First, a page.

Meanwhile, if the Court decided in favor of a second round, what would that mean for the country? A primary concern raised by the panel was the country’s ability to hold another round of elections within the mandated 60-days in the event that the Supreme Court overturned the Independent Electoral and Boundaries Commission’s declaration of a Kenyatta victory. All of the panelists agreed that the country lacked the financial and technical capacity to hold another round of elections. Support for the follow-up would have to come from the international community, but the panelists stopped short of identifying specific sources of support.

The panelists also raised the issue of political will. Noting that there is a small group of influential elites in Nairobi that hold the power, the panelists suggested that it would be this group that determined whether or not the election was “clean”. As one panelist explained, the will of this group could have a profound influence on the Supreme Court’s decision on whether or not to uphold Kenyatta’s election. Or, alternatively, this group could create a roadblock or once again manipulate the results of a second round.


The continued feeling that an elite cadre still controlled political outcomes despite post-2007 efforts to deepen democracy has created a sense of exclusion among many Kenyans, which the panelists felt could serve as the fuel to any unrest that could develop. All of the panelists agreed that there was an uptick in feelings of frustration and political isolation, particularly among those who were still waiting for what they believe to be a just resolution of the 2007/08 events.

The feeling, shared by many Kenyans, of isolation and of being cheated “one too many times” by politicians and political elites was another concern voiced by the panel. They argued that the mismanagement of the election combined with people’s sense that political leaders and institutions failed to represent their best interest has led to anger and resentment among many. According to one participant, the failures of the political system has created a widespread feeling that people’s votes did not matter, and by extension that the people don’t matter to the politicians.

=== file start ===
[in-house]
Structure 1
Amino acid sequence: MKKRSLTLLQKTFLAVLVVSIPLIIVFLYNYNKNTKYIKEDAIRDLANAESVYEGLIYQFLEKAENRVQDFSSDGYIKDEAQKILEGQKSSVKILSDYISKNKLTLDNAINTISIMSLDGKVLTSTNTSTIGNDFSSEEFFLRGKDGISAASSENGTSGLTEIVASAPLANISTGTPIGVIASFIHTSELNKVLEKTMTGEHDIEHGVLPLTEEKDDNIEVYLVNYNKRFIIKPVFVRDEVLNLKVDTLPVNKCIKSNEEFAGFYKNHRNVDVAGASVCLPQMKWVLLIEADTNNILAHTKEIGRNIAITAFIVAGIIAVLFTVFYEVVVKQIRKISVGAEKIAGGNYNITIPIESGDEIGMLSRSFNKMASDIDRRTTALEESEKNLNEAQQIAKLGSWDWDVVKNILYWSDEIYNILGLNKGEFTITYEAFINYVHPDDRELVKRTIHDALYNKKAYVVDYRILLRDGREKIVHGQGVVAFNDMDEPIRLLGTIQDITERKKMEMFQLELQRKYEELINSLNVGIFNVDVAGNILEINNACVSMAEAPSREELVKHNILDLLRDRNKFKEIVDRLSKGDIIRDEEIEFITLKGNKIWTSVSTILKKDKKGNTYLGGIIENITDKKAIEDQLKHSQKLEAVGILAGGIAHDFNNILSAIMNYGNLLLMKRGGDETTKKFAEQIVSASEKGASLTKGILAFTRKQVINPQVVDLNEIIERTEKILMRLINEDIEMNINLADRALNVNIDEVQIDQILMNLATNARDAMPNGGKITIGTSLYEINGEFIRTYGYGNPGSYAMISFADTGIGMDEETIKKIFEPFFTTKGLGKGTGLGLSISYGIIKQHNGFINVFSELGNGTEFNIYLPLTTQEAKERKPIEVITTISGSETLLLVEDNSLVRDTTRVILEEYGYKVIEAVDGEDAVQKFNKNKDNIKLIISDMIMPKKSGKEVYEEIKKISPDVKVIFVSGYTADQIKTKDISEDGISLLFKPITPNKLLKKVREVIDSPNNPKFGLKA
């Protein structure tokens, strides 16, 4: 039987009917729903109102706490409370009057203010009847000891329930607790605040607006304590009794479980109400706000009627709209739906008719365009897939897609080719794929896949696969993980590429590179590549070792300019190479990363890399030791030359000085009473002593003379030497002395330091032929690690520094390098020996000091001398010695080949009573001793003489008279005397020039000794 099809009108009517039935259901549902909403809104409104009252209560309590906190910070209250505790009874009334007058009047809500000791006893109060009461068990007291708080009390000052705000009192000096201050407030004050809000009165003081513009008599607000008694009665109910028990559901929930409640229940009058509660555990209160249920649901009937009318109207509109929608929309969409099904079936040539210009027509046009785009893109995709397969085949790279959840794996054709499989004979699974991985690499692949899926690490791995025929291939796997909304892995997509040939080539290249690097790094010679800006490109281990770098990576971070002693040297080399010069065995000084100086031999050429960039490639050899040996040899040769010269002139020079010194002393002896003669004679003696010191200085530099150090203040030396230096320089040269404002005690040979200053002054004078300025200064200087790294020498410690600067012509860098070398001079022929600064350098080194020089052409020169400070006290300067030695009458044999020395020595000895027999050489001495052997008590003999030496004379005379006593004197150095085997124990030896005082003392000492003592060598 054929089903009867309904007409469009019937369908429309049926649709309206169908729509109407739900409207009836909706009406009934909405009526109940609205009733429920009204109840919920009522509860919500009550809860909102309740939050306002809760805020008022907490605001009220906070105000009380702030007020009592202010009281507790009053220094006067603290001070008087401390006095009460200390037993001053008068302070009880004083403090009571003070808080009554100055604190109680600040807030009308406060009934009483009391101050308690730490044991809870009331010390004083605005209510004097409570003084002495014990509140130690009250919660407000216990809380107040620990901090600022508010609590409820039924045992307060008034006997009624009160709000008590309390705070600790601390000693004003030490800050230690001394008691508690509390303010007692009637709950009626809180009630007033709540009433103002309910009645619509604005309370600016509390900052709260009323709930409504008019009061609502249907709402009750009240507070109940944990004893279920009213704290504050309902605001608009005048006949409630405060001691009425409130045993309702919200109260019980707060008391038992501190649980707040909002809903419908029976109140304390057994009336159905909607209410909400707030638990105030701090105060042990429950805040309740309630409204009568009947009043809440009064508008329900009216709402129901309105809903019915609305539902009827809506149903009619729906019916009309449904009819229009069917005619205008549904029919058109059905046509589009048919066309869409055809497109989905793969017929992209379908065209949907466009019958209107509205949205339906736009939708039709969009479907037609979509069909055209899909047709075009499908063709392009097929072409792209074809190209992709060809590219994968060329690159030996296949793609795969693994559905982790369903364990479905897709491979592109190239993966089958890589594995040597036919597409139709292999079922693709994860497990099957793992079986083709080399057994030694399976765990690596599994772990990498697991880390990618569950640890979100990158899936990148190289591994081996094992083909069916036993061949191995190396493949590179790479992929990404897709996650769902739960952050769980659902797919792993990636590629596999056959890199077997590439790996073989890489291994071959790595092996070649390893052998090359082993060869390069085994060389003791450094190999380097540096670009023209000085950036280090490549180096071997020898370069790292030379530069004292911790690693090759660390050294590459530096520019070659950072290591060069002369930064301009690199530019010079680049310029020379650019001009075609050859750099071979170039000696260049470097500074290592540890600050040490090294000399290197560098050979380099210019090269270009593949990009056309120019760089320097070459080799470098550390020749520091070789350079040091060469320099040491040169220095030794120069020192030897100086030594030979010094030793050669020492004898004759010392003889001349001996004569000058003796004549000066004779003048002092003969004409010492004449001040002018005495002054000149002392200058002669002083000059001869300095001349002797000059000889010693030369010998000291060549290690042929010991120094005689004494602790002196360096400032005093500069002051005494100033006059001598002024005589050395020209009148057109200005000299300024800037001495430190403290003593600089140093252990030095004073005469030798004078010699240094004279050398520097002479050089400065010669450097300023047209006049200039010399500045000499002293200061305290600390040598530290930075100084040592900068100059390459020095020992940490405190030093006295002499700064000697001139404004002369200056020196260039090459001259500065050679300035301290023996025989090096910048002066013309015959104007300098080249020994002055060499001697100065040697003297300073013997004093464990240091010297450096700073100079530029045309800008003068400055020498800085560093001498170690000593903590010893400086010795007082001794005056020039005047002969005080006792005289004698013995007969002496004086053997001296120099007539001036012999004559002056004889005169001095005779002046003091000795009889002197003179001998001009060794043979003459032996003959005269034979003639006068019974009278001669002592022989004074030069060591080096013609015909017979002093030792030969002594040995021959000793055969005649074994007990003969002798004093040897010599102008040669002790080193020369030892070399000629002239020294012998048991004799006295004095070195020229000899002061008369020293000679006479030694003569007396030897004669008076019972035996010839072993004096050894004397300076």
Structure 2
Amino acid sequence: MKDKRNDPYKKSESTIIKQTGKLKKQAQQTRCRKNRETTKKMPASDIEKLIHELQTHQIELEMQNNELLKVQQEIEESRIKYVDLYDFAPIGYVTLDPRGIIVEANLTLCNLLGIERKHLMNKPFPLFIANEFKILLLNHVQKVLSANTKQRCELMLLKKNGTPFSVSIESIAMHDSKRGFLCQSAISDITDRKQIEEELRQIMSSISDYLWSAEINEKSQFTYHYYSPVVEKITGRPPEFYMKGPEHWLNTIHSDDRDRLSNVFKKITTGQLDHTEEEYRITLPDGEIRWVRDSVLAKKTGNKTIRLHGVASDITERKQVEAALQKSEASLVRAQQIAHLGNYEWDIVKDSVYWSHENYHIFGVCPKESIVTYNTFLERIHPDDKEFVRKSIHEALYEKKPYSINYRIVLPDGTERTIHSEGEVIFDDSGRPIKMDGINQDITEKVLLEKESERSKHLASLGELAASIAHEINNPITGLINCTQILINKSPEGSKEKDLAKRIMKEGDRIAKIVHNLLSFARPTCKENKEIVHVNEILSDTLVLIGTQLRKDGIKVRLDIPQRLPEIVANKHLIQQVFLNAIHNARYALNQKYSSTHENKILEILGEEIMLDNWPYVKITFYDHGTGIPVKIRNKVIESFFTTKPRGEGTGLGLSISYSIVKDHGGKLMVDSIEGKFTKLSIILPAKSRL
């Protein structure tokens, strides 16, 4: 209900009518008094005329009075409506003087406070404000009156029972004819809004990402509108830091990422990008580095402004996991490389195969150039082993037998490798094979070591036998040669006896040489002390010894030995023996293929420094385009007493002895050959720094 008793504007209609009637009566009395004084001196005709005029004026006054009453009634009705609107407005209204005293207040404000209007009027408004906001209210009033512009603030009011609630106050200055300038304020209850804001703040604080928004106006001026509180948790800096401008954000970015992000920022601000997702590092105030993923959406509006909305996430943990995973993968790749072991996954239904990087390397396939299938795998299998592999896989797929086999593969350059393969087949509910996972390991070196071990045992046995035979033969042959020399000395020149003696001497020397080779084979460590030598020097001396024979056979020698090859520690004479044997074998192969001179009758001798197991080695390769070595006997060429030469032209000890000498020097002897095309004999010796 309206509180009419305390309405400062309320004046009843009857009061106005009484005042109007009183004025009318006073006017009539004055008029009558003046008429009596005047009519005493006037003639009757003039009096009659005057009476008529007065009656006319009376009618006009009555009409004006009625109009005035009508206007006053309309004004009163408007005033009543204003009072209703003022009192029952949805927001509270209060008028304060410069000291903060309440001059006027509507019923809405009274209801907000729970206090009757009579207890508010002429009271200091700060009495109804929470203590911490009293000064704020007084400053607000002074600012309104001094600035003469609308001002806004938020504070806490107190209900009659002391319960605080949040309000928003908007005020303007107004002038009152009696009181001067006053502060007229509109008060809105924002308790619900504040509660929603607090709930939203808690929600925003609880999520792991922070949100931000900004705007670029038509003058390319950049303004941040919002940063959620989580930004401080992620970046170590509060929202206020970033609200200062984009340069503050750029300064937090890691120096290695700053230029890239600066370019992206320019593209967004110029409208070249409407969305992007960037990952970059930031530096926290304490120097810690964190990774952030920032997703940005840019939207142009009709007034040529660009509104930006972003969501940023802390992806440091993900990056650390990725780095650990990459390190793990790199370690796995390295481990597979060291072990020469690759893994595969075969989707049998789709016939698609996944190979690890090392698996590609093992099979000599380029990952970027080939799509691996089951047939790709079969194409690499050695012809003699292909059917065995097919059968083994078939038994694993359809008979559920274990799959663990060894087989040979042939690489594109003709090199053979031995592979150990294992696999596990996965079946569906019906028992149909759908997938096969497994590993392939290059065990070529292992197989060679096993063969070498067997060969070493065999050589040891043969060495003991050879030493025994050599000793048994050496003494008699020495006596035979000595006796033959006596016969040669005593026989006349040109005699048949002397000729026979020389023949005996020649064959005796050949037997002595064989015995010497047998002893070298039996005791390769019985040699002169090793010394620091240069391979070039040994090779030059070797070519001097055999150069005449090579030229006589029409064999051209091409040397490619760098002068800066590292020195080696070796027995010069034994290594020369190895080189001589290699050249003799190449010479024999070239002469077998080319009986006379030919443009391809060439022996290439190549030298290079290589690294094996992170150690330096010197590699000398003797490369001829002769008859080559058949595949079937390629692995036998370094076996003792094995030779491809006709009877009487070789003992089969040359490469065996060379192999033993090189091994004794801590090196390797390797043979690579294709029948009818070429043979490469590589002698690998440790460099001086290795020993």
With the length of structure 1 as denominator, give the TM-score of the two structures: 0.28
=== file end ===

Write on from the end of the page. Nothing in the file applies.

The participants in Nairobi agreed that if the feelings of isolation or lack of justice are not resolved in court, then there is a very high likelihood that Kenya will experience more violence. As one participant noted, the mounting pressure and tension is creating an atmosphere similar to 2007 despite the outward appearance of calm.


Because of the lack of violence during the polls, the panelists suggested there is a false sense of security being presented by the media. They argued that after receiving heavy criticism for their role in the 2007/08 violence, members of the media are now overcompensating by self-censoring instances of violence and discrimination occurring around the country. In particular, one panelist described instances of passengers being asked for their identification cards on public transportation before being removed for not coming from the “right” ethnic group.

As troubling as instances of discrimination such as this and the occurrences of violence have been, the panelists also found the silence to be of great concern. There has been what was described as an “ominous, sullen, depressed, and angry silence” across the country. Based on information from local communities and tracing the spread of violence in 2007/08, one participant suggested that the probability of violence would depend heavily on the messages and examples set by local leaders.

And, if violence does in fact erupt it was suggested that the economy might become a point of leverage for the unhappy majority. To this end, the panel suggested that the majority’s primary goal is justice and they would be willing to bring the country’s economy to a standstill to achieve this goal. As one panelist noted, those who are truly angry about the elections don’t care about the economy. Fortunately, this scenario was ultimately unlikely according to the participants.


As the Supreme Court recently upheld Kenyatta’s victory, issues of holding a second round and institutional capacity are no longer a concern. However, the ICC has yet to drop the charges against Kenyatta and, in fact, victims’ groups have come out to push for an earlier hearing than the already scheduled July 9 trial. As the date approaches, we will have to wait to see how Kenyatta ultimately upholds his promise to comply with the international court while leading the country



Amanda Dugan is a Project Manager at Fireside Research.

[Photo courtesy of Christopher Shay]